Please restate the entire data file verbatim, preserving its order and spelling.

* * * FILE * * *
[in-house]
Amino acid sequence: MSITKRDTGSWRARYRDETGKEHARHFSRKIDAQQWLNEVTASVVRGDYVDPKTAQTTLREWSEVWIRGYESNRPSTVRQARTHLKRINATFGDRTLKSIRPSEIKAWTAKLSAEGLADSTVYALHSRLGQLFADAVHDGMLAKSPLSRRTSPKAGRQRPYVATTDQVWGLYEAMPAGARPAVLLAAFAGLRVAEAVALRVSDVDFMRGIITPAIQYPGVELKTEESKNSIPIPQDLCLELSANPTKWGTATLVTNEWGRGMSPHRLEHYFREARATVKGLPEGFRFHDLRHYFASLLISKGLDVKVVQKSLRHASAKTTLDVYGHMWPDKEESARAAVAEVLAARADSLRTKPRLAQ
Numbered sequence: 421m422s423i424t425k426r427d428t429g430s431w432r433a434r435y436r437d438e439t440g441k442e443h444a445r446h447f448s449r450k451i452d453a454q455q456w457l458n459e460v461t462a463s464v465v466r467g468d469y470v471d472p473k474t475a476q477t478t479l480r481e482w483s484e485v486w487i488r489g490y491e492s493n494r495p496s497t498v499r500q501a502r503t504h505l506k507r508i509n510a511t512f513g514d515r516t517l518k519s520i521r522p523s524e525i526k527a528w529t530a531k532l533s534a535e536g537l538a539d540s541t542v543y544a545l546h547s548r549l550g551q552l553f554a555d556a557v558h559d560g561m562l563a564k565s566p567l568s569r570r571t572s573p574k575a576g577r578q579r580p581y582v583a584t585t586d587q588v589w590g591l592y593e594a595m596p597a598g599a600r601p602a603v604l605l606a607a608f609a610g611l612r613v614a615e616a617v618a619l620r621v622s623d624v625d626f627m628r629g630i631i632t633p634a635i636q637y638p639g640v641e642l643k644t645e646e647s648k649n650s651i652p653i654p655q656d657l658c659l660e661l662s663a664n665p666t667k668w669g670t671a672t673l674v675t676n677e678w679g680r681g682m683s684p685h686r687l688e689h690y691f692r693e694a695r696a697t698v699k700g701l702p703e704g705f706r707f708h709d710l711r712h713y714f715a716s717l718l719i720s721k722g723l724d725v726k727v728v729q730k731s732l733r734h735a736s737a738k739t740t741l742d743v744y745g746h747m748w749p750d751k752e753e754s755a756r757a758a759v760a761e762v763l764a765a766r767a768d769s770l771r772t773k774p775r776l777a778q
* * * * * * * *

[in-house]
Amino acid sequence: MSITKRDTGSWRARYRDETGKEHARHFSRKIDAQQWLNEVTASVVRGDYVDPKTAQTTLREWSEVWIRGYESNRPSTVRQARTHLKRINATFGDRTLKSIRPSEIKAWTAKLSAEGLADSTVYALHSRLGQLFADAVHDGMLAKSPLSRRTSPKAGRQRPYVATTDQVWGLYEAMPAGARPAVLLAAFAGLRVAEAVALRVSDVDFMRGIITPAIQYPGVELKTEESKNSIPIPQDLCLELSANPTKWGTATLVTNEWGRGMSPHRLEHYFREARATVKGLPEGFRFHDLRHYFASLLISKGLDVKVVQKSLRHASAKTTLDVYGHMWPDKEESARAAVAEVLAARADSLRTKPRLAQ
Numbered sequence: 421m422s423i424t425k426r427d428t429g430s431w432r433a434r435y436r437d438e439t440g441k442e443h444a445r446h447f448s449r450k451i452d453a454q455q456w457l458n459e460v461t462a463s464v465v466r467g468d469y470v471d472p473k474t475a476q477t478t479l480r481e482w483s484e485v486w487i488r489g490y491e492s493n494r495p496s497t498v499r500q501a502r503t504h505l506k507r508i509n510a511t512f513g514d515r516t517l518k519s520i521r522p523s524e525i526k527a528w529t530a531k532l533s534a535e536g537l538a539d540s541t542v543y544a545l546h547s548r549l550g551q552l553f554a555d556a557v558h559d560g561m562l563a564k565s566p567l568s569r570r571t572s573p574k575a576g577r578q579r580p581y582v583a584t585t586d587q588v589w590g591l592y593e594a595m596p597a598g599a600r601p602a603v604l605l606a607a608f609a610g611l612r613v614a615e616a617v618a619l620r621v622s623d624v625d626f627m628r629g630i631i632t633p634a635i636q637y638p639g640v641e642l643k644t645e646e647s648k649n650s651i652p653i654p655q656d657l658c659l660e661l662s663a664n665p666t667k668w669g670t671a672t673l674v675t676n677e678w679g680r681g682m683s684p685h686r687l688e689h690y691f692r693e694a695r696a697t698v699k700g701l702p703e704g705f706r707f708h709d710l711r712h713y714f715a716s717l718l719i720s721k722g723l724d725v726k727v728v729q730k731s732l733r734h735a736s737a738k739t740t741l742d743v744y745g746h747m748w749p750d751k752e753e754s755a756r757a758a759v760a761e762v763l764a765a766r767a768d769s770l771r772t773k774p775r776l777a778q